Miller, who is also a social worker, had worked on cases in which he had witnessed babies barely weeks old falling into a state of “frozen watchfulness” as a result of exposure to violence between its parents.
“They only have to hear the voice of the perpetrator and they’re in this dissociative state. Children and very young babies can sense the fear in their parents. They can smell fear, they can sense it, literally, through skin contact,” he said.
The early years of a child’s life, in particular the ages of 0-4, are critical periods for brain development. Professor Newman remarked that ‘exposing children to fear and violence between birth to four years of age – whether direct or indirect – has lasting effects on their psychological development’. Trauma experienced during this window of time may affect a child’s ability to learn, as well as their memory and concentration. They can also suffer PTSD, experiencing flashbacks which are triggered by their external environment. Statistics have indicated that children who spend their early years in abusive environments are much more likely to have problems with socialisation. They may either withdraw internally or act out inappropriately. Figures have also shown that, due to their vulnerability, they may be disproportionately targeted for child abuse by others, particularly sadly, as this role is perversely familiar. As they mature such children are also much more likely to become involved in dysfunctional or exploitative relationships. They can remain in the familiar role of victim or through defensive processes (for example, identification with the aggressor) become the abuser.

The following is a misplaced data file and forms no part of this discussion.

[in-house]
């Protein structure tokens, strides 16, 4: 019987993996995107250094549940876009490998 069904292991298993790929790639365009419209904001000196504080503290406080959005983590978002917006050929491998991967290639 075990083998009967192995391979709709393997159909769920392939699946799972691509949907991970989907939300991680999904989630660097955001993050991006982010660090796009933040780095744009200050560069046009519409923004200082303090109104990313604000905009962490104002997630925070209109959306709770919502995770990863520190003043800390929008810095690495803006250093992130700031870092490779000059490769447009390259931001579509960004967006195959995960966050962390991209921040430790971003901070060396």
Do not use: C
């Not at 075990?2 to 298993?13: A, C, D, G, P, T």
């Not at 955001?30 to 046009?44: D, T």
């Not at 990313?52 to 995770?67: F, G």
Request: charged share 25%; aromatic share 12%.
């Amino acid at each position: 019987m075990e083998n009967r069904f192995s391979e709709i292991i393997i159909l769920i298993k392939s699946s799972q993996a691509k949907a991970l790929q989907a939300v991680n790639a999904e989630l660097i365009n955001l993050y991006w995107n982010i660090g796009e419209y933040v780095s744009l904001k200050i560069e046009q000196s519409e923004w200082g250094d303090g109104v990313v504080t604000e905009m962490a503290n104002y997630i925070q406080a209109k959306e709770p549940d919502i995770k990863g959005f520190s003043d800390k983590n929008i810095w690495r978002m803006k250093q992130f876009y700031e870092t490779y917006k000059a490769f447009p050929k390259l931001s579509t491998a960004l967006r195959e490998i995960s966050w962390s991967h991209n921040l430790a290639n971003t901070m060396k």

In the UK, one woman in four (and one man in six) will be a victim of domestic violence during their lifetime, according to recent estimates. Two women a week are killed by a current or former male partner. I have included the following information from the NHS Choices website which has some helpful information if you’re unsure about what domestic violence is and what can be done about it.